SERMONS

Resilience.
Resistance.
Resurrection.

With God’s help we seek to build resilience in the midst of changing times, for ourselves but especially for others in need.

With God’s help we seek to build resistance to the powers at loose in the world that would undo the work of good.

And all of this, and all that is worthy, is build on the foundations of love and mercy and justice made possible through the power of the resurrection; through the power of Jesus Christ who is our dwelling place, our room within the mansion of God’s eternity.

There’s no time to get our bearings in our first lesson from Acts today. We are plunged right into the uncomfortable and jarring story of Stephen – one of the seven who were appointed to provide care to the widows and those in need so that the twelve apostles could continue their preaching and teaching – the story of Stephen being stoned to death. Whoa, and what? And how?

But this is the way of things in a world fraught with darkness, isn’t it? That just as things seem to get going for the good, the rug gets pulled out from under some or all of our collective feet and we’re left mourning those lost physically or otherwise along the way, even as we try to piece together what happened. What happened? How did we end up with such brokenness among leaders who are supposed to be working for the good of all and instead, out of their own fears and insecurities, their own possession by the darkness, rile up everyday folks, fanning them into that worst of creatures - a mob mentality – organizing them in Stephen’s time and today against what is good, sometimes even to the point of taking a precious life or lives?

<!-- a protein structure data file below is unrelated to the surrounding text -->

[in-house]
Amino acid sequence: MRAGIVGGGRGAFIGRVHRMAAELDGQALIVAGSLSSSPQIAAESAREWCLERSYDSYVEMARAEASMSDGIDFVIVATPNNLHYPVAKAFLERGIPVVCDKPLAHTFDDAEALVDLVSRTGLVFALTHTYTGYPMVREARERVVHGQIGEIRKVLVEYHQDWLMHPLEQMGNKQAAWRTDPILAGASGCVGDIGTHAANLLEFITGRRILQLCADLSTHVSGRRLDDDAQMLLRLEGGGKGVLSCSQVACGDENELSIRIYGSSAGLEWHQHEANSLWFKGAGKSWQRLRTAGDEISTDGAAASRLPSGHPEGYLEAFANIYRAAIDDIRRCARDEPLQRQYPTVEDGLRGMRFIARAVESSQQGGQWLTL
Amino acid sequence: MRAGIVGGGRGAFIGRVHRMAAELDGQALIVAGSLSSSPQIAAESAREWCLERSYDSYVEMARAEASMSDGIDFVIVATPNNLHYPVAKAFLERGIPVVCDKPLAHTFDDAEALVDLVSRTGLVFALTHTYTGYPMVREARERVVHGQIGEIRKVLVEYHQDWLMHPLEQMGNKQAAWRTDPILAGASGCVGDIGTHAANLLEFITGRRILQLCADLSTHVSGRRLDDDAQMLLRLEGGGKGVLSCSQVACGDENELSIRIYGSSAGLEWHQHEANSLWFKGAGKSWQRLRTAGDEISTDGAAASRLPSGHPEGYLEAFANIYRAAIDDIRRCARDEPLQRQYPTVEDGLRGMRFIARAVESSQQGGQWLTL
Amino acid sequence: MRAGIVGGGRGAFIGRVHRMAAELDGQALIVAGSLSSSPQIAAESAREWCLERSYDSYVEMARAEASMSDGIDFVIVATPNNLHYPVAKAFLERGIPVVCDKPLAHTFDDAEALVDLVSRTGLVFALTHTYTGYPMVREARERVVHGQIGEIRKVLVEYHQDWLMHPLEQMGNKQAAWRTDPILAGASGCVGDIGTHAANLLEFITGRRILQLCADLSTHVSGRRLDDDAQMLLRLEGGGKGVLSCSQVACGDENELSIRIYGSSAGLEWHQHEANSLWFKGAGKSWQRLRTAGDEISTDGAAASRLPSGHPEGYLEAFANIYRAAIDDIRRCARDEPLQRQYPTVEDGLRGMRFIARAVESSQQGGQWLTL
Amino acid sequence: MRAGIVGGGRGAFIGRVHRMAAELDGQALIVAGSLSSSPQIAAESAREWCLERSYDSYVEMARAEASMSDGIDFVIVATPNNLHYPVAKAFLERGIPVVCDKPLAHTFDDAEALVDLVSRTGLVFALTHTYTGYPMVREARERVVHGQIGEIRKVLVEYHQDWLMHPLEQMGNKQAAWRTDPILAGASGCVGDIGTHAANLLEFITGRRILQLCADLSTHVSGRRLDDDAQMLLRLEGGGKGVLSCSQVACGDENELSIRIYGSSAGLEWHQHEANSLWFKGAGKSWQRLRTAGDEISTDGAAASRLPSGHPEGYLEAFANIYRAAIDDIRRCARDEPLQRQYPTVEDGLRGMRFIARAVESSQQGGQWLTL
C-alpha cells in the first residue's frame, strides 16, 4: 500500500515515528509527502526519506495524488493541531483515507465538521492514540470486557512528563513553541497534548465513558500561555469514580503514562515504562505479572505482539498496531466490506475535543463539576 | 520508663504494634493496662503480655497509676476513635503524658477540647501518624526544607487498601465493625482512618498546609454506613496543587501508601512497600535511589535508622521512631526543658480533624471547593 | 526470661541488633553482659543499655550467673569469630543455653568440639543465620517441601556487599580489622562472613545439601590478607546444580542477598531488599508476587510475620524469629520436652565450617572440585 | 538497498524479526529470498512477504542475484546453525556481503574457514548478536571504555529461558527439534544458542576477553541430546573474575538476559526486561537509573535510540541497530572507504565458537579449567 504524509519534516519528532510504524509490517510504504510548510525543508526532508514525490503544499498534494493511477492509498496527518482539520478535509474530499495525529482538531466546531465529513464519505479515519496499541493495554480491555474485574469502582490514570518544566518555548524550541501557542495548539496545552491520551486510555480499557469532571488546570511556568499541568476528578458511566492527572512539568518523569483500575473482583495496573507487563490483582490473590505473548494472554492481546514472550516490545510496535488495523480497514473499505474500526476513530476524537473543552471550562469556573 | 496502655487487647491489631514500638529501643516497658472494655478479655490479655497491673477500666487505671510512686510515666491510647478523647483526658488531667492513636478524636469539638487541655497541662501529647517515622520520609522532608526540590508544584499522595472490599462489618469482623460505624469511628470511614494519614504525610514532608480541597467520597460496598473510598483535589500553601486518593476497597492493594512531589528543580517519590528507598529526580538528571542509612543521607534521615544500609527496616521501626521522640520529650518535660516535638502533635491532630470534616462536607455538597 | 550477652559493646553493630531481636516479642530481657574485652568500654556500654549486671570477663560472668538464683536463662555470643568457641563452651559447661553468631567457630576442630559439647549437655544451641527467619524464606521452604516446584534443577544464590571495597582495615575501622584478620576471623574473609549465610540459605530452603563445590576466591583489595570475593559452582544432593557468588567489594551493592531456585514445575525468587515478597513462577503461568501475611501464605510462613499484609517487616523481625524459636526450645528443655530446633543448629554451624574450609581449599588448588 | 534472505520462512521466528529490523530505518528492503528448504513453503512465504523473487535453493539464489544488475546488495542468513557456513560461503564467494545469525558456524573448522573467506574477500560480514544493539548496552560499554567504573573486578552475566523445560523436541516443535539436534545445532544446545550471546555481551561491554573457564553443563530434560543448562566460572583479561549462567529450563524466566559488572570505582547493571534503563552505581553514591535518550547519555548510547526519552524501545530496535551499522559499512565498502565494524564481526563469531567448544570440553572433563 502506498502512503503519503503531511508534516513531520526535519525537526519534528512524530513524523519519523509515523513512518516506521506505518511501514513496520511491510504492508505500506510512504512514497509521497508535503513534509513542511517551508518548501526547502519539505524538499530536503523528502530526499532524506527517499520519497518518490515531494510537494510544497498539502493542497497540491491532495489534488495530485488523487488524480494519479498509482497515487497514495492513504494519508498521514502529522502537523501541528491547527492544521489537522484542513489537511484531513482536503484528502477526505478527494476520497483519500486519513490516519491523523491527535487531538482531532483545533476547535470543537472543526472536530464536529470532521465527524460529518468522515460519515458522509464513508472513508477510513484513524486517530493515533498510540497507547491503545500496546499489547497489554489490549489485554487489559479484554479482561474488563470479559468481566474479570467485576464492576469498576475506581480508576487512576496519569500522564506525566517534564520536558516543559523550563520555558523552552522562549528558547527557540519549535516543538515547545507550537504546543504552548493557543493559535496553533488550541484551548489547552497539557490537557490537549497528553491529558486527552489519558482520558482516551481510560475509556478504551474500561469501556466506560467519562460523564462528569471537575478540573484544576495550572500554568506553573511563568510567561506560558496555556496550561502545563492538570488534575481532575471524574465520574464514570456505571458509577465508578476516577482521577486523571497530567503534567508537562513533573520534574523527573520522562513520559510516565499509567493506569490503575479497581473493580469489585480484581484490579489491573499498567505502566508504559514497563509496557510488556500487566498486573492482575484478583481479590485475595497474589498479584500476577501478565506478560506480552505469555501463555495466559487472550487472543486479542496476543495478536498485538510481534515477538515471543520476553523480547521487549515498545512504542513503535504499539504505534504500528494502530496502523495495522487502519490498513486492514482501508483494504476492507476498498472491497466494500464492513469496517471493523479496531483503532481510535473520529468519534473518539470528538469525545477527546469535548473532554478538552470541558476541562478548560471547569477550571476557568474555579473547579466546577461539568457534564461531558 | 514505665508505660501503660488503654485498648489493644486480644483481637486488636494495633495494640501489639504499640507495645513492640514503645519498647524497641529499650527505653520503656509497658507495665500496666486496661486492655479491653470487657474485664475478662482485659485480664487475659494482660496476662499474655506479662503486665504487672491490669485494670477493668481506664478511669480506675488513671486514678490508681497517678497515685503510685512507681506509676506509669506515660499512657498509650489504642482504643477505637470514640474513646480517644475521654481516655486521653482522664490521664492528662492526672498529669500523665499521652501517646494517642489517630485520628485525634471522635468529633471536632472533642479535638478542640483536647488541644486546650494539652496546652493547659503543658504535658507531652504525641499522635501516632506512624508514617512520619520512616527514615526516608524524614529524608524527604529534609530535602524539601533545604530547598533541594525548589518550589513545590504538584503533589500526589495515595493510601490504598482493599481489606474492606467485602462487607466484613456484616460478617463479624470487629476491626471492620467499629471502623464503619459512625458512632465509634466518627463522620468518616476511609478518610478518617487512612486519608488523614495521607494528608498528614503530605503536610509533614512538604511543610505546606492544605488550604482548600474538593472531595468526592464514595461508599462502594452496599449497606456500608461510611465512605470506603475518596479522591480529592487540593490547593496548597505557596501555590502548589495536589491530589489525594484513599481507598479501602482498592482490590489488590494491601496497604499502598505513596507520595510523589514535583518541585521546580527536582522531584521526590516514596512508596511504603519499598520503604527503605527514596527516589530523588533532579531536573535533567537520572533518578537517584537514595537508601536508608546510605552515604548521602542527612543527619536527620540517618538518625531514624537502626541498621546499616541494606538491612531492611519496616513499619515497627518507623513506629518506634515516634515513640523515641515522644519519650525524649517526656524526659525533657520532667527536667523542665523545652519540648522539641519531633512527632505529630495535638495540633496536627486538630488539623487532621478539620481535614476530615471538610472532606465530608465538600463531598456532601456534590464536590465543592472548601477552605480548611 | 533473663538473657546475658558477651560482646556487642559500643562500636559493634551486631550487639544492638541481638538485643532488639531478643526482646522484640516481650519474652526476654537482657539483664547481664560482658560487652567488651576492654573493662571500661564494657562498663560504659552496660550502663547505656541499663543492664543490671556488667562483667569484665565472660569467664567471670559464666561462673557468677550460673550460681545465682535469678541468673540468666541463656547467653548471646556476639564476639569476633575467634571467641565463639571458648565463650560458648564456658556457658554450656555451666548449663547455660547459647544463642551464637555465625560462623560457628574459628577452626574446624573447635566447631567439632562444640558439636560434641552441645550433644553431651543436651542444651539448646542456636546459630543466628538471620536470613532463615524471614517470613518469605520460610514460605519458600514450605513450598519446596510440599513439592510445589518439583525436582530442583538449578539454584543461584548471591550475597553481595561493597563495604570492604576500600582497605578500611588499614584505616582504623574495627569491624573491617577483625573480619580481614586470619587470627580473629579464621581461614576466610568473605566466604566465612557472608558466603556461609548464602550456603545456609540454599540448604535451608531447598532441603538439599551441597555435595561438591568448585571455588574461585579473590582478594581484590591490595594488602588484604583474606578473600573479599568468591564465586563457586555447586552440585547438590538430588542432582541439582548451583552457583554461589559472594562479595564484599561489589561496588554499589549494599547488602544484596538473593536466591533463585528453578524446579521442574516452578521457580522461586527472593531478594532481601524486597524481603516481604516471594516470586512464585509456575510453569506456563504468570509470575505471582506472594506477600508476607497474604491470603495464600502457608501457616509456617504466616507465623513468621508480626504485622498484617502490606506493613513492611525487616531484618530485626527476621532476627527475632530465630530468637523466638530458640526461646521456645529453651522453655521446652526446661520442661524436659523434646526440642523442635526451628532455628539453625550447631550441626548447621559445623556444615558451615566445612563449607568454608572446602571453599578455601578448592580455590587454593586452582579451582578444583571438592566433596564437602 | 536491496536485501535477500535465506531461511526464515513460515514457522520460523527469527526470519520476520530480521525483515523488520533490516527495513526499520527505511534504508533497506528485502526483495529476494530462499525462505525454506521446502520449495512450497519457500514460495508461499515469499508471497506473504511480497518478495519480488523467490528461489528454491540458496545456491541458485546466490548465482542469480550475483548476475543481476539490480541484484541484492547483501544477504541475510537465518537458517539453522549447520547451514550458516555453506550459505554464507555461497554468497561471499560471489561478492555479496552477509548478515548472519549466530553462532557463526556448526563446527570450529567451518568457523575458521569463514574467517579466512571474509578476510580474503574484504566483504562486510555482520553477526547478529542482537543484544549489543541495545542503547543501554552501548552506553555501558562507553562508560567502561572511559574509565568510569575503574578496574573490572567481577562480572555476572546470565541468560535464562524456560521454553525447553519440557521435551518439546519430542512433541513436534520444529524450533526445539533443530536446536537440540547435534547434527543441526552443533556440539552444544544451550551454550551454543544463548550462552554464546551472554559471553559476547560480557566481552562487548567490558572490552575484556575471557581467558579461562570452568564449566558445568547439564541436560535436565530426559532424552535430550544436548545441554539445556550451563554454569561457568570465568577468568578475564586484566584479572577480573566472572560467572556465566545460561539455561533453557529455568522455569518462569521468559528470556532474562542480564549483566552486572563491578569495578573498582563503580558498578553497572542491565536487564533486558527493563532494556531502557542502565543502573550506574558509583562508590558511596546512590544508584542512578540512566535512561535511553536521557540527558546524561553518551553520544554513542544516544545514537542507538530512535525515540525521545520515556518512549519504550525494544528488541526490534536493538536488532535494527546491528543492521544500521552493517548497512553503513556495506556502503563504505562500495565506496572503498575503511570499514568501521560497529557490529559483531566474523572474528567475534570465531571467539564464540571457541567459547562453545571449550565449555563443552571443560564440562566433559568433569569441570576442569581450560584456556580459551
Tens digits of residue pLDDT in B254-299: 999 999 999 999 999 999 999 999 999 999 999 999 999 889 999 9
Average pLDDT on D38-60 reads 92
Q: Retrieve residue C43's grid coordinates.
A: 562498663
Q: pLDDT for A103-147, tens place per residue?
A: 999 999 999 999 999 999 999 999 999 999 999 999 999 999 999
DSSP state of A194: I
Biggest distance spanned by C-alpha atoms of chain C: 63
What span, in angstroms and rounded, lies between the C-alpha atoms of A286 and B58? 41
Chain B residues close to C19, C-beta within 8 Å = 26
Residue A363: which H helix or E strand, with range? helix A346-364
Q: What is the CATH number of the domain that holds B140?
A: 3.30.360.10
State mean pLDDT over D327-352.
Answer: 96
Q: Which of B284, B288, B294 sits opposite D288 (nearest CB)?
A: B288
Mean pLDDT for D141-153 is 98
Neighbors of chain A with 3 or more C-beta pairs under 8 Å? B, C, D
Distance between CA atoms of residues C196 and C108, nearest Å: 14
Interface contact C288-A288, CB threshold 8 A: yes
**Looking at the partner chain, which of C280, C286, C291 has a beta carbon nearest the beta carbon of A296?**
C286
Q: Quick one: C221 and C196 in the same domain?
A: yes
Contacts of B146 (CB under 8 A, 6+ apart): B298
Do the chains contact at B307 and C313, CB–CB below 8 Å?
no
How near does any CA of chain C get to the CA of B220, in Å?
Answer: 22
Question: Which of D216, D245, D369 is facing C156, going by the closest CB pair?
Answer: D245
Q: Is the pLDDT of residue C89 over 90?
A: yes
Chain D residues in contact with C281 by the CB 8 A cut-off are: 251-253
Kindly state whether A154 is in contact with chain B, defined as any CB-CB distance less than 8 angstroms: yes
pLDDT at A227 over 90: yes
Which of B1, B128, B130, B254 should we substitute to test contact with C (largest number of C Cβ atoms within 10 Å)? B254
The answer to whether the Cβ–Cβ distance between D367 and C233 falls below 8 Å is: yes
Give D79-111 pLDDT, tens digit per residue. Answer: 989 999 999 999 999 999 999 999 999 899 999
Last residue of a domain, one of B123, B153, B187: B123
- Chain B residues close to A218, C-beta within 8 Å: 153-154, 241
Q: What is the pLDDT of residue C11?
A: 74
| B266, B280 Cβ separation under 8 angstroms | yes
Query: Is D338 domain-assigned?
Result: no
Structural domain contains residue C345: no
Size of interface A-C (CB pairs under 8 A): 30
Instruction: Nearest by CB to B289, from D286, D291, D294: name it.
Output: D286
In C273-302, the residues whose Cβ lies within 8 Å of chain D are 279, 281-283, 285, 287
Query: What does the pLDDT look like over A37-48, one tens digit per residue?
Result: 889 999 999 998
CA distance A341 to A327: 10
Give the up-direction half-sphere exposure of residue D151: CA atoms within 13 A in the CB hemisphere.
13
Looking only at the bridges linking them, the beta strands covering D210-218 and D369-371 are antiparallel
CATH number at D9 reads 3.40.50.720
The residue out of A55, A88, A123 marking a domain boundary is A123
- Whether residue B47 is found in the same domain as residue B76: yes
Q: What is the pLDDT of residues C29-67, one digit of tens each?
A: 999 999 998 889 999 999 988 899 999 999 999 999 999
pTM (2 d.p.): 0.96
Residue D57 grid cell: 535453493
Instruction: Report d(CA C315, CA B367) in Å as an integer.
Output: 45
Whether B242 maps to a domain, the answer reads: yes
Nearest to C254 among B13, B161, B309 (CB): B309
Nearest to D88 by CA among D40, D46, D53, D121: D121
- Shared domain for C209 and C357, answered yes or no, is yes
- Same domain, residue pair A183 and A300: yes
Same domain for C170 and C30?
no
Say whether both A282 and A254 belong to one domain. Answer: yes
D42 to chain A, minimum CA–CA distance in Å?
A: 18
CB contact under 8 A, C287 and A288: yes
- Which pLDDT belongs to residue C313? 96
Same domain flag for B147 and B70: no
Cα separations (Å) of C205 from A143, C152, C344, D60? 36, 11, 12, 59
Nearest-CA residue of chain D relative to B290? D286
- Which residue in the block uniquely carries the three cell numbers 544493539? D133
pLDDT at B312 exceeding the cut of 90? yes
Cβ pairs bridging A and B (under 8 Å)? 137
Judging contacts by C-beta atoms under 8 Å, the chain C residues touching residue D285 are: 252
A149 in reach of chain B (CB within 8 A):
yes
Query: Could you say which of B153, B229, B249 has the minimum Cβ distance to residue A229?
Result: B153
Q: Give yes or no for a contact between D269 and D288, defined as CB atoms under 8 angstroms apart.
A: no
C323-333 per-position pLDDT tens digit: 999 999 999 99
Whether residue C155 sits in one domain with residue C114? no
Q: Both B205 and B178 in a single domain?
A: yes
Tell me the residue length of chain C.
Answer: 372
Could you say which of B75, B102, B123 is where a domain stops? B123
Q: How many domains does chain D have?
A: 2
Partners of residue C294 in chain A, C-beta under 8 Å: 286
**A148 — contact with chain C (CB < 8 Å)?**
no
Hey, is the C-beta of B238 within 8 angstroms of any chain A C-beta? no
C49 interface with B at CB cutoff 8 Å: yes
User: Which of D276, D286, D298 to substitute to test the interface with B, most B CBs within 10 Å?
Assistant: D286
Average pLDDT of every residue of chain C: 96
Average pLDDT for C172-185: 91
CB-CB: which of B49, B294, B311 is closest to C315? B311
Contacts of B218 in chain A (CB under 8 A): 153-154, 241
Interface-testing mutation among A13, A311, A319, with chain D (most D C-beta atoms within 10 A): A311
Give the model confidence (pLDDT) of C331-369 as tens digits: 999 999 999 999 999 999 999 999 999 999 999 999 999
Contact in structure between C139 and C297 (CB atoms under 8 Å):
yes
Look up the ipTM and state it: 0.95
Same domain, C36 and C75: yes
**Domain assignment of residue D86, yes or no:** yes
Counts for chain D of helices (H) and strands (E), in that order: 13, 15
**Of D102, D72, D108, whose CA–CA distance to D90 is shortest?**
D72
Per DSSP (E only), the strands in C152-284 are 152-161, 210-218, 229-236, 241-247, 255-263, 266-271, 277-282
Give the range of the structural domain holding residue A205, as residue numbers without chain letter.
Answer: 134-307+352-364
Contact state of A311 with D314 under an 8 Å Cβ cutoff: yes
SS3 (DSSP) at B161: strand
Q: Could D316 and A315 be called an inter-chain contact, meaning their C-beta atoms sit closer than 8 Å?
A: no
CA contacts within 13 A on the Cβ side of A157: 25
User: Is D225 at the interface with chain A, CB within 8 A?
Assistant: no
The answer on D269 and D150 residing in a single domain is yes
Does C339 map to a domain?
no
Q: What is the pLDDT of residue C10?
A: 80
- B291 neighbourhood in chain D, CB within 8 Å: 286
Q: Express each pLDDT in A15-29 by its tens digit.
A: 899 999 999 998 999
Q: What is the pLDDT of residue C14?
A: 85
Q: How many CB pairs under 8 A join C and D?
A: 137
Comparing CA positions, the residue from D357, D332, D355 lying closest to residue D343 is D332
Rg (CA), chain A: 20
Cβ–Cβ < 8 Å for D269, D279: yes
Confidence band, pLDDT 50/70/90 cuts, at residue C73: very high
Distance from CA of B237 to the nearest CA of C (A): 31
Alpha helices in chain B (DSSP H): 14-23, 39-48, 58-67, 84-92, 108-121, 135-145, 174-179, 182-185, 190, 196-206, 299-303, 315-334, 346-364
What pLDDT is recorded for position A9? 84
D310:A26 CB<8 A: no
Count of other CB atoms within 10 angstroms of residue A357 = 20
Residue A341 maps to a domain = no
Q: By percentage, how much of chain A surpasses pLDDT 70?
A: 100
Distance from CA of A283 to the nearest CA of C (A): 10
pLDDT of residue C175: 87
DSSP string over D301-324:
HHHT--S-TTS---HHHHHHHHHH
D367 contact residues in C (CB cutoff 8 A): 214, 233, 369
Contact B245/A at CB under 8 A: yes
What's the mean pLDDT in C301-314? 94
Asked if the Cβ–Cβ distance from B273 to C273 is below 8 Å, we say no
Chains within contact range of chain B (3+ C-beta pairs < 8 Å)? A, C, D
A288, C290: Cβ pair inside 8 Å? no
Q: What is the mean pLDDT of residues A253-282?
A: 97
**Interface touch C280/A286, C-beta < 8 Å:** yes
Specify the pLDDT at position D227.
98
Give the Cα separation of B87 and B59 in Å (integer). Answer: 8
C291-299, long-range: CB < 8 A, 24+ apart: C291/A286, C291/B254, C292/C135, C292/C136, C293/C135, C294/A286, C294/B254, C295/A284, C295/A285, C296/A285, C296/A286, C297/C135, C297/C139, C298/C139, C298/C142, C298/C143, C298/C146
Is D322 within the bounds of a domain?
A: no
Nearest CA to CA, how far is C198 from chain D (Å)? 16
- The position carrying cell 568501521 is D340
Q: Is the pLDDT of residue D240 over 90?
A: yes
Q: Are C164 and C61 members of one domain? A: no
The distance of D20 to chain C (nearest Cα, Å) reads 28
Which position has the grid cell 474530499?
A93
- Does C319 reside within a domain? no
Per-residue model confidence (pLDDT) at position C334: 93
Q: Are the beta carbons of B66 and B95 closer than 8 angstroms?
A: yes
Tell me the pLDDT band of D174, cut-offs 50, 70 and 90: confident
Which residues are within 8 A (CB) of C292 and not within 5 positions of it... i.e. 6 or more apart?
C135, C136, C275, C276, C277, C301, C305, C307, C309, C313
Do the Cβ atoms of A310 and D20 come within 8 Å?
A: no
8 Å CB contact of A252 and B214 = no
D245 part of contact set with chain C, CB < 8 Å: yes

Oh, our hearts should be troubled and afraid amidst the blatant working of darkness in the world.

Who is this Jesus, who in our gospel text today says, “do not be afraid and do not let your hearts be troubled?”

Oh, right, this is the Son of God. This is the crucified and risen Lord. This is the Savior of the nations come. Oh, right, this is the one who promises to go ahead of us and prepare “dwelling places.” “Dwelling places, which is monai in Greek, and linked grammatically to the Johannine concept of “abiding,” which is meno in Greek. (Jaime Clarke-Soles, Lindsey S. Jodron, Working Preacher, May 10th, 2020)

This is Jesus inviting us to dwell with our Savior, to abide with the risen Christ. Not ignore the world’s problems and our own; not ignore the grief caused by good people being trodden under foot by the powers of darkness as it seeks to tear asunder; to abide.

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For Christ, who is risen, abides with us. Seeking to build not false hope but resilience; not hating hearts but a thirst for justice and resistance against all that is wrong; and confidence born not of our own strength and understanding of the complexities that weave themselves about us in this shadowed world, but confidence born of Christ who goes ahead not only to prepare an eternal dwelling place, but who prepares a room of compassion right here and now in which our longing hearts and lives can land as they grieve. And then learn again to love and believe.